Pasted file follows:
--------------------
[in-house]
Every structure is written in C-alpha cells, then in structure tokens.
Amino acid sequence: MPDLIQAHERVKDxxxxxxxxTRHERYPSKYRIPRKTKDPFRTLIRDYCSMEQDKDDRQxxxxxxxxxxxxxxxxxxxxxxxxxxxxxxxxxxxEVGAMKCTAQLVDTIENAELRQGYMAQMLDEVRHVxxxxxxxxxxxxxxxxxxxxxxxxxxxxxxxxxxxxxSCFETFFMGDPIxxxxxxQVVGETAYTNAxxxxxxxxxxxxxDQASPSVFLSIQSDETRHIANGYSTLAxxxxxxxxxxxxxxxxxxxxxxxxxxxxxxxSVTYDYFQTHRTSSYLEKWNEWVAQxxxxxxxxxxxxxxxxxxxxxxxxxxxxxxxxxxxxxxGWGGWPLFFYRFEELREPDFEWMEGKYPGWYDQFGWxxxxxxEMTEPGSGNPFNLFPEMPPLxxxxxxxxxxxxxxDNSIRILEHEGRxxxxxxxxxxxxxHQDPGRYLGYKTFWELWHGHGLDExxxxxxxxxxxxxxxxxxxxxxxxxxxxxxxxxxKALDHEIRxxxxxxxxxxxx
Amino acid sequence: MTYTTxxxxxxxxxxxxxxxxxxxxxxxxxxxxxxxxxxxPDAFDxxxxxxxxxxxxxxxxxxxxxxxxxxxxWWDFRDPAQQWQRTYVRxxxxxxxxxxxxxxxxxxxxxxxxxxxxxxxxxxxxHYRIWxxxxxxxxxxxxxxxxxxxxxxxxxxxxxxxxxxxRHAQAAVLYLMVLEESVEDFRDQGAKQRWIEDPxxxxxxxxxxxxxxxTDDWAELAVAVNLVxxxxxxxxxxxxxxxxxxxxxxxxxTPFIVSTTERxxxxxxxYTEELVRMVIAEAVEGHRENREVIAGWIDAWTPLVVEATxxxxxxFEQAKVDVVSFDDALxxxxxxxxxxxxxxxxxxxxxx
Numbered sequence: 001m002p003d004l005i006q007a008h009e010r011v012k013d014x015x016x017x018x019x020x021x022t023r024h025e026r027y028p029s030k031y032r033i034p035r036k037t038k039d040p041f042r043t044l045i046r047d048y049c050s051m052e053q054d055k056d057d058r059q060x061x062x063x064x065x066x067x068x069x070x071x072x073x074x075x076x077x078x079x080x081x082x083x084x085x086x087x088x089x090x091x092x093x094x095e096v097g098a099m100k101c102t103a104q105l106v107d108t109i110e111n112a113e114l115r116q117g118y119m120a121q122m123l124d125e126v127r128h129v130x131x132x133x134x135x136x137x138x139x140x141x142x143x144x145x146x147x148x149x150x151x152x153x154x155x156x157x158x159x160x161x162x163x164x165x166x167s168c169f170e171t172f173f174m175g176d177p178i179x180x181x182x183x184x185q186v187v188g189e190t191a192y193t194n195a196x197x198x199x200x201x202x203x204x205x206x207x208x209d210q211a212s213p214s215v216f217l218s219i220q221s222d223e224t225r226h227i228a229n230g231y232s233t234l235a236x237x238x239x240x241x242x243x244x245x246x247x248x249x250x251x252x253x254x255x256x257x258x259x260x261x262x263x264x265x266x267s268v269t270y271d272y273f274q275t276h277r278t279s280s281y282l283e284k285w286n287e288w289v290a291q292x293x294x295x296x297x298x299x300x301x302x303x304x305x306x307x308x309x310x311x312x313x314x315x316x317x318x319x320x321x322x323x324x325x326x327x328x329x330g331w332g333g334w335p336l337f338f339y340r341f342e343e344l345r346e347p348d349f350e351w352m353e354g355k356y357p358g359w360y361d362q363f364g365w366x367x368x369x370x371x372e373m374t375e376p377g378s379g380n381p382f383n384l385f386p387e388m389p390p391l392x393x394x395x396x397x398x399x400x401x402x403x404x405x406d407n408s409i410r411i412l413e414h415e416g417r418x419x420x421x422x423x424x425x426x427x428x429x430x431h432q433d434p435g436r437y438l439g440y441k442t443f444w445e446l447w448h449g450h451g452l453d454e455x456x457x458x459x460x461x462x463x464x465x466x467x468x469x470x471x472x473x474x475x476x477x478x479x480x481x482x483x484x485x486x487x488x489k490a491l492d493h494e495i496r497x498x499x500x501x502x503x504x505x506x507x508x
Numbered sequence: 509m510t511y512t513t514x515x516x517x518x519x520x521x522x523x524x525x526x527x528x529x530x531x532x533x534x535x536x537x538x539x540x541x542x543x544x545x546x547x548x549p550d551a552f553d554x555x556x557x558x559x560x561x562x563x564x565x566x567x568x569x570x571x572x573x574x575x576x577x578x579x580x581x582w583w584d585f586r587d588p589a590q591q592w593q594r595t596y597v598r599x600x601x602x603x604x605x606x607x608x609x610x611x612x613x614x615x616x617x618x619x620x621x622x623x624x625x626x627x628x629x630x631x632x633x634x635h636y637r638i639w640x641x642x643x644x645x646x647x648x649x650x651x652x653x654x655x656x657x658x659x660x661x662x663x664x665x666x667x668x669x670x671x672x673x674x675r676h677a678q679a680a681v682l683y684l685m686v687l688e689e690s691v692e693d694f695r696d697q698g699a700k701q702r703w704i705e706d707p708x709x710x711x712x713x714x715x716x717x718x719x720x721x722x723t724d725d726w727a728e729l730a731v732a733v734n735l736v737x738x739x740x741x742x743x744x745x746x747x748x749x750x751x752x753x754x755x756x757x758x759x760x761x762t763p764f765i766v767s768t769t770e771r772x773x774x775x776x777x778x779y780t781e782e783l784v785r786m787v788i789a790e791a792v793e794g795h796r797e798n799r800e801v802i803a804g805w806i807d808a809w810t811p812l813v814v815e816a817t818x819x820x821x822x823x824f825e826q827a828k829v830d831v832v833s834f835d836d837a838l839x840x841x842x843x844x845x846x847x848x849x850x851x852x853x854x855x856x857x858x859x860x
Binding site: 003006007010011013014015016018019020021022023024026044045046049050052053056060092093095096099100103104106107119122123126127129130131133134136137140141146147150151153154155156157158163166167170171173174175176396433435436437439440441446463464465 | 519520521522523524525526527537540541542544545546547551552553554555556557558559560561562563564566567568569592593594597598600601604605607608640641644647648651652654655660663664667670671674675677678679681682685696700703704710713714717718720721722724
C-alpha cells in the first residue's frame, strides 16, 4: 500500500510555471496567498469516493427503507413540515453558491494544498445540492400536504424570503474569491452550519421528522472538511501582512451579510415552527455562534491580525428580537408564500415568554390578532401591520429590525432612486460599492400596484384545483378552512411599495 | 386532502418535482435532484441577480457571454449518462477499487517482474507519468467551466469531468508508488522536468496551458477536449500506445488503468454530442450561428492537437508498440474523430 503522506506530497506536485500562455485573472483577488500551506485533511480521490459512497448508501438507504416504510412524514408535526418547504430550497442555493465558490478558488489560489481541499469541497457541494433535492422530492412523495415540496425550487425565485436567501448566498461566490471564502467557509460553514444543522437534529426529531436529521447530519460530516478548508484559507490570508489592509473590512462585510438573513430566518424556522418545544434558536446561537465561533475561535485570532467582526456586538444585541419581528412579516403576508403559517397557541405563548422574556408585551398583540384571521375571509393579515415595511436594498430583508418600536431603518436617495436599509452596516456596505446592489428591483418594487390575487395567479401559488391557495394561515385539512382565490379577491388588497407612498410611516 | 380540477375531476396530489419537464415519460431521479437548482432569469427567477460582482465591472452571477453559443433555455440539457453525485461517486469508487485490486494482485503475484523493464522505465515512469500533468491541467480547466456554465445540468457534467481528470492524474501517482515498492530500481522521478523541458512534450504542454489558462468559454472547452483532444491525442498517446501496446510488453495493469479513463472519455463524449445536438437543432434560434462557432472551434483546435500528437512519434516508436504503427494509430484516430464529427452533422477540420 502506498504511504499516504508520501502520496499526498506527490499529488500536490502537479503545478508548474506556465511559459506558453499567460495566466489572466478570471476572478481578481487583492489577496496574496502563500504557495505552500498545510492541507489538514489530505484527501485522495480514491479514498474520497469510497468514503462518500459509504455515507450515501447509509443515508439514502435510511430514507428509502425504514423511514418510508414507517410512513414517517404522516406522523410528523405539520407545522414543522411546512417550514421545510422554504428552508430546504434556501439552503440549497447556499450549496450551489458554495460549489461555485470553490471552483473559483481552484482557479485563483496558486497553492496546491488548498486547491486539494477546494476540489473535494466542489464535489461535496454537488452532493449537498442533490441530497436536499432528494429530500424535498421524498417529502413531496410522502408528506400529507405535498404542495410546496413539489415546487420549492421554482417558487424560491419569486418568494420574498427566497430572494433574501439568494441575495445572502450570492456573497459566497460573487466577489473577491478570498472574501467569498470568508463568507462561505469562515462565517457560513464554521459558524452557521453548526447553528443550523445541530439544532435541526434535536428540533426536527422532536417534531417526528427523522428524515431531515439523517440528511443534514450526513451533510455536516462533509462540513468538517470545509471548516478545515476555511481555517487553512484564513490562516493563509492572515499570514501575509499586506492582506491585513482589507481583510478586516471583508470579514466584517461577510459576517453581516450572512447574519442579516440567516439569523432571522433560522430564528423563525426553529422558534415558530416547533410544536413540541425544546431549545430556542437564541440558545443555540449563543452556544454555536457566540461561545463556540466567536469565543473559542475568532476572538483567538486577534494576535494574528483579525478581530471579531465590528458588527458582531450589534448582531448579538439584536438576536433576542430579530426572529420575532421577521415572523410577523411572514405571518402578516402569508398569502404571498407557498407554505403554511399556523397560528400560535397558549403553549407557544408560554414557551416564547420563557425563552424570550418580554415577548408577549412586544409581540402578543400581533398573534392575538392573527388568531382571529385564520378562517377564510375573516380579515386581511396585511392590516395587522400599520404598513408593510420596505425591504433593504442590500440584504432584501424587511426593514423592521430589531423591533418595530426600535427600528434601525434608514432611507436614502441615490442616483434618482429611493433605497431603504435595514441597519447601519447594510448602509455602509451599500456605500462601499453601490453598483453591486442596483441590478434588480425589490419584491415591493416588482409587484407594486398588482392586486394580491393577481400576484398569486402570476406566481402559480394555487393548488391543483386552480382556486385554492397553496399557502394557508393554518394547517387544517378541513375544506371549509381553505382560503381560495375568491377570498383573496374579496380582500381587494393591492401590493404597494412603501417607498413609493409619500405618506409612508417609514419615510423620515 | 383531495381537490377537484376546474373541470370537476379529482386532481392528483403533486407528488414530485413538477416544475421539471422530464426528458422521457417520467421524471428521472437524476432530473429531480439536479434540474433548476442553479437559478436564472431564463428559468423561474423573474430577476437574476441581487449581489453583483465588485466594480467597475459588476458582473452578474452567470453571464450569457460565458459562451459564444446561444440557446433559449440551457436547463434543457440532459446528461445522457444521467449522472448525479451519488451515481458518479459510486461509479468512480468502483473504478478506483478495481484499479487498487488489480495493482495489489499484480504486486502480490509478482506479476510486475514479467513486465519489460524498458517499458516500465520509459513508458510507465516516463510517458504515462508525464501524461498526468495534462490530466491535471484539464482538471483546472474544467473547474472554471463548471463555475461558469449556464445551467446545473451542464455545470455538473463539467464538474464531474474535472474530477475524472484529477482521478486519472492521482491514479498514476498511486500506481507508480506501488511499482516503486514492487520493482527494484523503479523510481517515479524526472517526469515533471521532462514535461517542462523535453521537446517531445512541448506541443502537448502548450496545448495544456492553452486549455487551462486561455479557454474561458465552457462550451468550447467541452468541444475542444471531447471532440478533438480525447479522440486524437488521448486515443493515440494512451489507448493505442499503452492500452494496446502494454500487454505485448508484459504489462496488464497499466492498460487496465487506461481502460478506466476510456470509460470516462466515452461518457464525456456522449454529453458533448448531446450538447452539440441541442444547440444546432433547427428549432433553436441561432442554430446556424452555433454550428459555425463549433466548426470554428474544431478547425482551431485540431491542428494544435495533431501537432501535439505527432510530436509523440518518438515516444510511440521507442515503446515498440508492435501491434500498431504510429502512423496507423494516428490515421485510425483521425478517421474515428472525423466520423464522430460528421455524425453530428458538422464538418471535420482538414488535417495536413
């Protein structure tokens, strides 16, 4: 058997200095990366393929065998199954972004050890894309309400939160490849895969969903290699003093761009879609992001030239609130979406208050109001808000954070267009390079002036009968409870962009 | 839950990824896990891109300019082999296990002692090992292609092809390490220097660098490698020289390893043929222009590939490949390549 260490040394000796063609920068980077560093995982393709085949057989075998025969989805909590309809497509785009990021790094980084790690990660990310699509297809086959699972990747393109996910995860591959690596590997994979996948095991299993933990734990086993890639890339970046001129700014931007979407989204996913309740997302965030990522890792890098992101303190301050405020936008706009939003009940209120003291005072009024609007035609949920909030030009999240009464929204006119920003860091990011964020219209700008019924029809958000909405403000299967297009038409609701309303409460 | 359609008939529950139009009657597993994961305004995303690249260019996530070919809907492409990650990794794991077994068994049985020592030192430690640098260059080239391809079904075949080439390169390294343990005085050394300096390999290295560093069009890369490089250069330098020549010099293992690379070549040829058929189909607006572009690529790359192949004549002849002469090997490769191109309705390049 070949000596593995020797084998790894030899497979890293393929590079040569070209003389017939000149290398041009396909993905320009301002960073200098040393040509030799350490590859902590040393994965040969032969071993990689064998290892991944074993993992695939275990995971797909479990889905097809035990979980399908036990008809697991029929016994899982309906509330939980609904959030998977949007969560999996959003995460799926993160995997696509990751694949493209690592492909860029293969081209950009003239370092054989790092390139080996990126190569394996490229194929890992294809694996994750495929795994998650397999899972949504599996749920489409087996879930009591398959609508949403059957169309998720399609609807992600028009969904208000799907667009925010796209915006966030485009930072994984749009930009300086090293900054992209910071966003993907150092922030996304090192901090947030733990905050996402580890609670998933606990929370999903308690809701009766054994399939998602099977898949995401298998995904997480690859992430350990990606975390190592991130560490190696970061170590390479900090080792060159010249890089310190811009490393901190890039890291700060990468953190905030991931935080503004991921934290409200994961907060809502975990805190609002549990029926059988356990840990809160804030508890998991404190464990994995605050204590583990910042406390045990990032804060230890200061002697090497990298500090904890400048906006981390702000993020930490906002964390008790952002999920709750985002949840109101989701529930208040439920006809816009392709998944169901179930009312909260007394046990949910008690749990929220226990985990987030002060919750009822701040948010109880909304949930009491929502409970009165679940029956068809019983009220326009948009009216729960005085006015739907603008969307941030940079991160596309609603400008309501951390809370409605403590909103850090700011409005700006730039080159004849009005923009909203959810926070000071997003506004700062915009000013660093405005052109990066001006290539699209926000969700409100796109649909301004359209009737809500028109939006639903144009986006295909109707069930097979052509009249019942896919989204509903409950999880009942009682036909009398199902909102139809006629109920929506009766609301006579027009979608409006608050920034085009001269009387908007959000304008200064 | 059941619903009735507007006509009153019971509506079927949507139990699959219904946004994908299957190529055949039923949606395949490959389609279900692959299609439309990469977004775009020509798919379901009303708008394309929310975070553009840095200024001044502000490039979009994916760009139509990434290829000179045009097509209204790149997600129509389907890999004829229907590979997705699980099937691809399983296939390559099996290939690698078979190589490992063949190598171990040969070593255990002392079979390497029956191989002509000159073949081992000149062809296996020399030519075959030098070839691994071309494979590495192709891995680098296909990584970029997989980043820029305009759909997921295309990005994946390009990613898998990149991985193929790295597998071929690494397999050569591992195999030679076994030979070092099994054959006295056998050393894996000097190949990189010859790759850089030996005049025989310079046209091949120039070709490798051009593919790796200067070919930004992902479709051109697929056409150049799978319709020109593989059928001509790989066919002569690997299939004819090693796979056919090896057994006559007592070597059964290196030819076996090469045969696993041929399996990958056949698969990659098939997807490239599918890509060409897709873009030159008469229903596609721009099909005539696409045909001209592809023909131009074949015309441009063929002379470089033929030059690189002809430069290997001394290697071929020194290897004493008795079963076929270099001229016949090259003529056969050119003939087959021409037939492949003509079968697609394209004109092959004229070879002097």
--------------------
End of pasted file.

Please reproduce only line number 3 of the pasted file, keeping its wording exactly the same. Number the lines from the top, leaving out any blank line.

Amino acid sequence: MPDLIQAHERVKDxxxxxxxxTRHERYPSKYRIPRKTKDPFRTLIRDYCSMEQDKDDRQxxxxxxxxxxxxxxxxxxxxxxxxxxxxxxxxxxxEVGAMKCTAQLVDTIENAELRQGYMAQMLDEVRHVxxxxxxxxxxxxxxxxxxxxxxxxxxxxxxxxxxxxxSCFETFFMGDPIxxxxxxQVVGETAYTNAxxxxxxxxxxxxxDQASPSVFLSIQSDETRHIANGYSTLAxxxxxxxxxxxxxxxxxxxxxxxxxxxxxxxSVTYDYFQTHRTSSYLEKWNEWVAQxxxxxxxxxxxxxxxxxxxxxxxxxxxxxxxxxxxxxxGWGGWPLFFYRFEELREPDFEWMEGKYPGWYDQFGWxxxxxxEMTEPGSGNPFNLFPEMPPLxxxxxxxxxxxxxxDNSIRILEHEGRxxxxxxxxxxxxxHQDPGRYLGYKTFWELWHGHGLDExxxxxxxxxxxxxxxxxxxxxxxxxxxxxxxxxxKALDHEIRxxxxxxxxxxxx